the Gospel”, “obey the commandments”, etc), but “follow the Prophet” is
ultimately all you need to know. If there is nothing else you remember
from this (and I’m sure you are 84% tuned out already), just remember:
follow the prophet. Why? Well, here’s how it breaks down: If there is
truly a living Prophet on the earth, sent from God, then that’s kind of a
big deal, right? Yeah, completely. It’s a huge deal. So, attach
yourself to that huge deal. Listen to what he has to say and follow it.
Don’t sweat whether you understand everything or not yet, just follow
it. If it’s from God, then who are you to overanalyze it, right?
Totally. Focus more on making it happen than on understanding everything
in full detail. The prophet will point you to everything else of worth –
read the Book of Mormon, live clean, start a family, get a solid
education, man up and be a provider, don’t be a deadbeat dad, etc. If
it’s important for you to know, than trust me, you’ll hear it from him.
So, we got this one? Follow the prophet. Trust me, you’ll never regret
(Reminder: Everything that follows below is far less
important than what we just went through. So, should you ever get
confused, just remember to follow the prophet).
2 – Be humble.
Yes, it’s fun to act arrogant to push people’s buttons. It’s an easy one
and I’m not sure you’ll ever get over the temptation. But, seriously,
while you may jokingly act like that guy, don’t ever be that guy. Just
don’t do it. Stay self-aware. The world is a big place and you are not
the sun in the universe, so don’t ever think/exude that. Cool? OK.
Seriously, be confident, be strong, be bold, etc, but don’t ever be
arrogant. If you don’t know the difference yet, figure it out (hint:
constant and complete gratitude is a secret ingredient here).
Be mature. Let me make this super easy: Take serious things seriously.
Notice, I didn’t say “don’t have fun”. I didn’t say “be serious”. I
simply said “be mature”. Notice serious moments and respect them. This
4 – Be kind. This one is simple – just be cool to everybody. Done. If you are humble and mature, this will come naturally.
– Read like mad. I don’t necessarily care what you read as long as it’s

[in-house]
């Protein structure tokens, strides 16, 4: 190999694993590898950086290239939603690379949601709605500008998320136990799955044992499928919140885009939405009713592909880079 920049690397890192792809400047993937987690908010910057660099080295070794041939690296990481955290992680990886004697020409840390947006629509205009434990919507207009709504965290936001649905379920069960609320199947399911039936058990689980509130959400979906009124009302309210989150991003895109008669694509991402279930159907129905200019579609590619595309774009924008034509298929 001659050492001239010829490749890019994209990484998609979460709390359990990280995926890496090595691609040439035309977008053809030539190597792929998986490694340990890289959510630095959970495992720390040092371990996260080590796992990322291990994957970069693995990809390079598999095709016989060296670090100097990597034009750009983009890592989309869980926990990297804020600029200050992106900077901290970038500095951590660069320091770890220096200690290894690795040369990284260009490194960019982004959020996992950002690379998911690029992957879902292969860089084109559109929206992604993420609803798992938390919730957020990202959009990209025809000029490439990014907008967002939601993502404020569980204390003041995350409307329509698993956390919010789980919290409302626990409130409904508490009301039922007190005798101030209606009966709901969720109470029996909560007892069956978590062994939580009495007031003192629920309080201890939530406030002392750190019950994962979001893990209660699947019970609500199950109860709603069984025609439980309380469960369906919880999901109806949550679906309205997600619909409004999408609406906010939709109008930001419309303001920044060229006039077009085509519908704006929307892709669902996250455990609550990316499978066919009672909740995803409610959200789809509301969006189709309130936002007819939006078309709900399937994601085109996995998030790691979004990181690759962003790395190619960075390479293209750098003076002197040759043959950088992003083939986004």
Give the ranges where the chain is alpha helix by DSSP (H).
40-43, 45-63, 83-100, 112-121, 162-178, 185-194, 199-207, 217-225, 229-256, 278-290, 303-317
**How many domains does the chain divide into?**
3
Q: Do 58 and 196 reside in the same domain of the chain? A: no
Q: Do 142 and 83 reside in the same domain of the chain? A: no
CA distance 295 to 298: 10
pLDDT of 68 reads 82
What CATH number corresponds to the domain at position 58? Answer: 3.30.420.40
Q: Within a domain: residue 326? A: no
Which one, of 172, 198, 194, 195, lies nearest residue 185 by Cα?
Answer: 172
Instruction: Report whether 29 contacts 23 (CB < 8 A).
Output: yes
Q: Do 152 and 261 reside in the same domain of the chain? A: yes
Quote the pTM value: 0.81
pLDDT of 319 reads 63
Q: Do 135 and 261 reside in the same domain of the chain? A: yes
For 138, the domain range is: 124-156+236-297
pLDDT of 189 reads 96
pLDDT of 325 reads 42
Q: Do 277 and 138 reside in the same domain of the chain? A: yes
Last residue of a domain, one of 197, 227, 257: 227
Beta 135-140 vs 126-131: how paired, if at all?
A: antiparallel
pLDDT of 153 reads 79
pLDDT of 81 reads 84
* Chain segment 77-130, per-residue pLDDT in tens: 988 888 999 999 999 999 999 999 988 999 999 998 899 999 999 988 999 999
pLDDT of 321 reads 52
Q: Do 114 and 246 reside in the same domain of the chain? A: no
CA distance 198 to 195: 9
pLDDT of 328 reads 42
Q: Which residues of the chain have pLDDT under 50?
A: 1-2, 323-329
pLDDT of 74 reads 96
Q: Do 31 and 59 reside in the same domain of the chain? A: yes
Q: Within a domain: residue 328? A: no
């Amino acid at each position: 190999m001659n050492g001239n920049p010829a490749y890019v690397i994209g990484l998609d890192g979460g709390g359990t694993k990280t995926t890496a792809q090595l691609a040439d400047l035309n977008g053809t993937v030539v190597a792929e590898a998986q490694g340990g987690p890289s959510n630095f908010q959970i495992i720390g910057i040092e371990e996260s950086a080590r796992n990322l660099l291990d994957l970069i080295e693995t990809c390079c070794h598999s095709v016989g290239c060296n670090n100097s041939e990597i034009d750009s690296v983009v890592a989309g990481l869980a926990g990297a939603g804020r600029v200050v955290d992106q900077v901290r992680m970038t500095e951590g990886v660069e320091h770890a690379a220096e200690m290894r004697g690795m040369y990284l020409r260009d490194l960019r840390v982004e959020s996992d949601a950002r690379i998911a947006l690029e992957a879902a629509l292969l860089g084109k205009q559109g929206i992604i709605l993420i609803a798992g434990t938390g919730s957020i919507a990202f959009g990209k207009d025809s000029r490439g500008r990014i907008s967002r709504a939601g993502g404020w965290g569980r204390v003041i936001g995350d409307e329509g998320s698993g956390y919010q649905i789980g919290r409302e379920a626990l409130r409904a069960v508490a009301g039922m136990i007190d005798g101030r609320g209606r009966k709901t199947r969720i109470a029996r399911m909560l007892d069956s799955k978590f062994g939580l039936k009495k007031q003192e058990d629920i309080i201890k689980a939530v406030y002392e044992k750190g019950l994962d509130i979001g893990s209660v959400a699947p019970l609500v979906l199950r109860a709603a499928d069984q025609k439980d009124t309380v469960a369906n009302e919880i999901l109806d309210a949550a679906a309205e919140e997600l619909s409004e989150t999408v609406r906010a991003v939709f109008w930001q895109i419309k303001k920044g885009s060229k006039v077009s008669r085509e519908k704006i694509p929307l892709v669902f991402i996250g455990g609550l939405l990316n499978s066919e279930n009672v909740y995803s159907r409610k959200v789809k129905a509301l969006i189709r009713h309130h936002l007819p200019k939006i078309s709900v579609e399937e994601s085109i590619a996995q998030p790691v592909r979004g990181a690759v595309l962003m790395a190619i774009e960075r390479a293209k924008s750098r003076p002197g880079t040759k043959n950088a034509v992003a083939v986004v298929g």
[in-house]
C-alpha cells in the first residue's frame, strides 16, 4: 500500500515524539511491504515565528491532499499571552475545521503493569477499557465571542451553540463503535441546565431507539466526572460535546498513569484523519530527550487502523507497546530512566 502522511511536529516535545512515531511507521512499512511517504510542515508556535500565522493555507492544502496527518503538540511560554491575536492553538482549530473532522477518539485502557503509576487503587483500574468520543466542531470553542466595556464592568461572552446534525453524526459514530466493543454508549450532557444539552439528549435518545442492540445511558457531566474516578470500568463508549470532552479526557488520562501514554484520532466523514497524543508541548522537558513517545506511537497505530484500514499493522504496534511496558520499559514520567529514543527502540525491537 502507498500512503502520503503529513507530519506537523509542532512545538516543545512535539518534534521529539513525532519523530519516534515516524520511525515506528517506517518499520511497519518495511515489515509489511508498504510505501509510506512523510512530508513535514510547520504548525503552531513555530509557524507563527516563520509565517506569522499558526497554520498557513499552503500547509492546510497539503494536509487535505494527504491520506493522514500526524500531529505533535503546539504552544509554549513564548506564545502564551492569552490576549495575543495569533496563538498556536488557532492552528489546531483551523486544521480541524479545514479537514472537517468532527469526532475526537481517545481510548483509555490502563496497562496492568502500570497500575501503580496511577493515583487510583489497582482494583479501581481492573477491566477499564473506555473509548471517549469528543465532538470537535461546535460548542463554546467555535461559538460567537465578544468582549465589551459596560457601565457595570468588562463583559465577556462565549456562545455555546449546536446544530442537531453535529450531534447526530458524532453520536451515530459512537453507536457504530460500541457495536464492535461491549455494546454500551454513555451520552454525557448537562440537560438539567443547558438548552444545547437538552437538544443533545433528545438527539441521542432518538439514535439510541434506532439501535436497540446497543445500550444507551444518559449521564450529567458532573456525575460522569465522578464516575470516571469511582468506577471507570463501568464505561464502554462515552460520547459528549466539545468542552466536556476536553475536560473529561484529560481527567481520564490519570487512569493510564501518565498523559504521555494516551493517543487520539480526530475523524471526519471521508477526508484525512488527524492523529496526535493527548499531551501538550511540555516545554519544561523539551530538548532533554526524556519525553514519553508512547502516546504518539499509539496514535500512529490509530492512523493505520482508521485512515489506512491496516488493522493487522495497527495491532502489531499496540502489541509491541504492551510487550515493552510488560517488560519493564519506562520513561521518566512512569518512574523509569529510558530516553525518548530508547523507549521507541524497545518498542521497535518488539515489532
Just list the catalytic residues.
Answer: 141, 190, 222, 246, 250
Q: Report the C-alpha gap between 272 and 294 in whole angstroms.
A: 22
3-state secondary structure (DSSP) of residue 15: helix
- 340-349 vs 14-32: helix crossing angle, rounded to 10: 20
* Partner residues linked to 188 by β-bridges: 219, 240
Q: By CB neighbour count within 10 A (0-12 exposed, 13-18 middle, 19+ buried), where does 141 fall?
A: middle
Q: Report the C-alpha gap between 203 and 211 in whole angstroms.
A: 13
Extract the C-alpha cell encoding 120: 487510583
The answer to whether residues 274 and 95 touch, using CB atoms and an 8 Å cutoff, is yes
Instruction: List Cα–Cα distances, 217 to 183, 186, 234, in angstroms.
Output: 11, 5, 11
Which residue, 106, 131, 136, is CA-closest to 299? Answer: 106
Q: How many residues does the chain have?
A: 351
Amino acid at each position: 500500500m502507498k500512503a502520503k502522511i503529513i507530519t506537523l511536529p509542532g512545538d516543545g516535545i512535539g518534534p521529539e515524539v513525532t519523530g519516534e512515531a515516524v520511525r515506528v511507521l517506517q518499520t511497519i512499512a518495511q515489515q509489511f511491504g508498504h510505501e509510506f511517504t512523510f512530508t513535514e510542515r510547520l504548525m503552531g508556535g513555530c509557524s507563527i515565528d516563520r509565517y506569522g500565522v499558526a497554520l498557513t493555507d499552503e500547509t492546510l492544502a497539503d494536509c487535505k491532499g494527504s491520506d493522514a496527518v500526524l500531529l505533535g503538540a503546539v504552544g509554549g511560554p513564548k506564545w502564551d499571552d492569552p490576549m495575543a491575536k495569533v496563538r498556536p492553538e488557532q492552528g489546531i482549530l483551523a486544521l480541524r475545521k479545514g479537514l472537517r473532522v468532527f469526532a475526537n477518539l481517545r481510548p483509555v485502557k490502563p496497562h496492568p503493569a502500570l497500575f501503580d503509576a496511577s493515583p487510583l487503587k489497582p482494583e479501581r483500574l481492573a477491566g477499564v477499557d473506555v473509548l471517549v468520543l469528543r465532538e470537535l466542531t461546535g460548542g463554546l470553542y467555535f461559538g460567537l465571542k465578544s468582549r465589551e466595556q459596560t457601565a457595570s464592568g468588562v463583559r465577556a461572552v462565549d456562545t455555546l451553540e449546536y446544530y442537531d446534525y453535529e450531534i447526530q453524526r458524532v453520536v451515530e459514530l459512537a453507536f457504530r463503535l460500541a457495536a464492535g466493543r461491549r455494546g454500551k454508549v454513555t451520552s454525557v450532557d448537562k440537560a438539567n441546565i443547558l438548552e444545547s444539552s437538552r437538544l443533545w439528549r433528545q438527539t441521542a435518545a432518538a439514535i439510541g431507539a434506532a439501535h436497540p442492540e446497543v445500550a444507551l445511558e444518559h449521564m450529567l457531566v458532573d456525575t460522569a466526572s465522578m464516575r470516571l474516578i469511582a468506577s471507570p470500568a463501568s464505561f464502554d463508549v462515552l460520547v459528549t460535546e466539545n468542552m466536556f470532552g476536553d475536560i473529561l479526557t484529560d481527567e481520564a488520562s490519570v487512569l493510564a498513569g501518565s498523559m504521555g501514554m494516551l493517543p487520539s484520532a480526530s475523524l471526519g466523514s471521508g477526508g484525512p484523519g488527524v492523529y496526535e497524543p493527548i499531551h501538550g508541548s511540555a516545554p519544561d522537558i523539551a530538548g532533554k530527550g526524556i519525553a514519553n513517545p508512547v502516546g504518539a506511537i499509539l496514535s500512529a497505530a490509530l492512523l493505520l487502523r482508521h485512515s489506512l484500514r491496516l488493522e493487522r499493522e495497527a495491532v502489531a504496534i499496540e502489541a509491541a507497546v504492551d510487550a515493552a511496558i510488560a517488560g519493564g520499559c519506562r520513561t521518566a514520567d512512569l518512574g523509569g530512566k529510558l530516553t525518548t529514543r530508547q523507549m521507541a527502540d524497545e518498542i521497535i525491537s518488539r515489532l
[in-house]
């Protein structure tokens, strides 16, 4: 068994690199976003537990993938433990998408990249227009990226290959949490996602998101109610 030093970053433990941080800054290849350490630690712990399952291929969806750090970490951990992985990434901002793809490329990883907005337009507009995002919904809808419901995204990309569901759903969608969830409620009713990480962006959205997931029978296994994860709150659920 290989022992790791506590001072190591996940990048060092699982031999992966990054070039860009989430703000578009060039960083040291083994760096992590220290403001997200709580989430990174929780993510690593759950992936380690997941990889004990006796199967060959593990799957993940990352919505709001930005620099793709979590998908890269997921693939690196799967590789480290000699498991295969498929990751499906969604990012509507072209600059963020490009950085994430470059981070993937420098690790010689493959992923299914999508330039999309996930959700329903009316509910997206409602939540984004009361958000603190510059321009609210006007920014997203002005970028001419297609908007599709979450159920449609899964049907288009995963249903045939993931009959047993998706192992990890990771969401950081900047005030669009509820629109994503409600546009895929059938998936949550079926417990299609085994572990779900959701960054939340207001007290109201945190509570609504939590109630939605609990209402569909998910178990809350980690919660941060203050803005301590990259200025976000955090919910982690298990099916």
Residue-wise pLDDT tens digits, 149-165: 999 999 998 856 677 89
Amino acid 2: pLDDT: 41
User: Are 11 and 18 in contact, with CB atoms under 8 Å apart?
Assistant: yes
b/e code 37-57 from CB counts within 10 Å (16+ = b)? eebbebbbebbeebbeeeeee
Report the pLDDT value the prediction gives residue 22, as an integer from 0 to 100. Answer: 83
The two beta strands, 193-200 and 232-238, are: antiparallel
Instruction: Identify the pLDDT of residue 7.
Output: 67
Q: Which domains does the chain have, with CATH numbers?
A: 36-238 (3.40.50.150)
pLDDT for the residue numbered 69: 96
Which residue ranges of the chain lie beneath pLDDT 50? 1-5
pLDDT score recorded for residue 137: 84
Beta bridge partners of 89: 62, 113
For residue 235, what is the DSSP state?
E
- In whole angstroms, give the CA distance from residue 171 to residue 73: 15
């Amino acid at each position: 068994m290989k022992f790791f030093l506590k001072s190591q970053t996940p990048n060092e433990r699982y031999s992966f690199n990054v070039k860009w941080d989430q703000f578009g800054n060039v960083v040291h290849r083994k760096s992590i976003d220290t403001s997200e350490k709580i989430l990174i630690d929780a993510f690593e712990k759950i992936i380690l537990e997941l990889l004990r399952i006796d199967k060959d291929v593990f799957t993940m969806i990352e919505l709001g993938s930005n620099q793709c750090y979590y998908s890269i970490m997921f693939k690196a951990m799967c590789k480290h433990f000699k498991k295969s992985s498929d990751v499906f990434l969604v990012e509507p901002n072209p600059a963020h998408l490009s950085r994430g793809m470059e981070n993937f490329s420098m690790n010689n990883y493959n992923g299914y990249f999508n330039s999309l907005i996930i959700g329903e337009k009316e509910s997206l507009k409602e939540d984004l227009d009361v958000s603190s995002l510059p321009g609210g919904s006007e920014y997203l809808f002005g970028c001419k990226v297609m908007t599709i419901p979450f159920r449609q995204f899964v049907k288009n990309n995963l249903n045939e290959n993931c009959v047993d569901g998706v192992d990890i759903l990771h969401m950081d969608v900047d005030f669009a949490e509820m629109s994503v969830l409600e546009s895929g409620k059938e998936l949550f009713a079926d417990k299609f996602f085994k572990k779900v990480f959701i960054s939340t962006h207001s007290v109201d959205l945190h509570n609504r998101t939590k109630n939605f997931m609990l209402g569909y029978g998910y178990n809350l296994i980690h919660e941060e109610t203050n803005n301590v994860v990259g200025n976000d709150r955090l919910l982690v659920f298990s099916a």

clean and at least somewhat engaging to your brain cells. Just read. A
lot. And read different things. A lot of your experience and
understanding in life will come through reading. You simply can’t
personally experience all there is to experience, so at least read about
it. This will be a huge asset to you in connecting with other people.
– Travel. If you had any idea how much I’ve been able to travel, you’d
be really tripped out. Look forward it. Embrace it. But, don’t ever
carry a “the way we do things in my part of the world is superior” vibe
(reminder: be humble). Keep your mind and eyes open. The world is a huge
and beautiful place. Dude, I’m jealous of the places you are going to
go. Be grateful for all of it.
7 – “Never lose that feeling”.
Dude, nobody will ever know you like you know yourself. That may sound
like a curse, but honestly it’s pretty awesome. Don’t do anything to
disturb the natural vibe/signal/energy that you have (hint: following
the prophet will keep your signal alive). Be grateful for some of the
internal blessings that God and your family have passed down to you.
– Listen to the Spirit. I’m going to close on this because this is the
only piece of advice that could possibly topple “follow the prophet”
for the #1 slot (and it’s definitely advice that the prophet will give
you repeatedly; follow it). Keep your mind and hands clean. This world
has some ugliness and you are smart enough to recognize it. Avoid it at
all costs. Be perfectly honest and able to look any person alive
straight in the eyes and know that you are good. That’s a very powerful
feeling (hint: this is the secret ingredient for confidence). Live by
the Spirit. To quote one of your future Bishops: “Once you feel the
Spirit, you never want to lose that”.
So, in conclusion, just
know this – it may be 25 years in the future (and you may be sitting in
an airport pre-dawn in a business suit as you write this), but you are
still 100% you. Your face is more wrinkled, your hair is less plentiful
(and less pigmented), your waistline is less trimmed-out, and your
responsibilities are far heavier, but your joys are far exquisite. It’s a
great time and you will love it. Live clean and get there.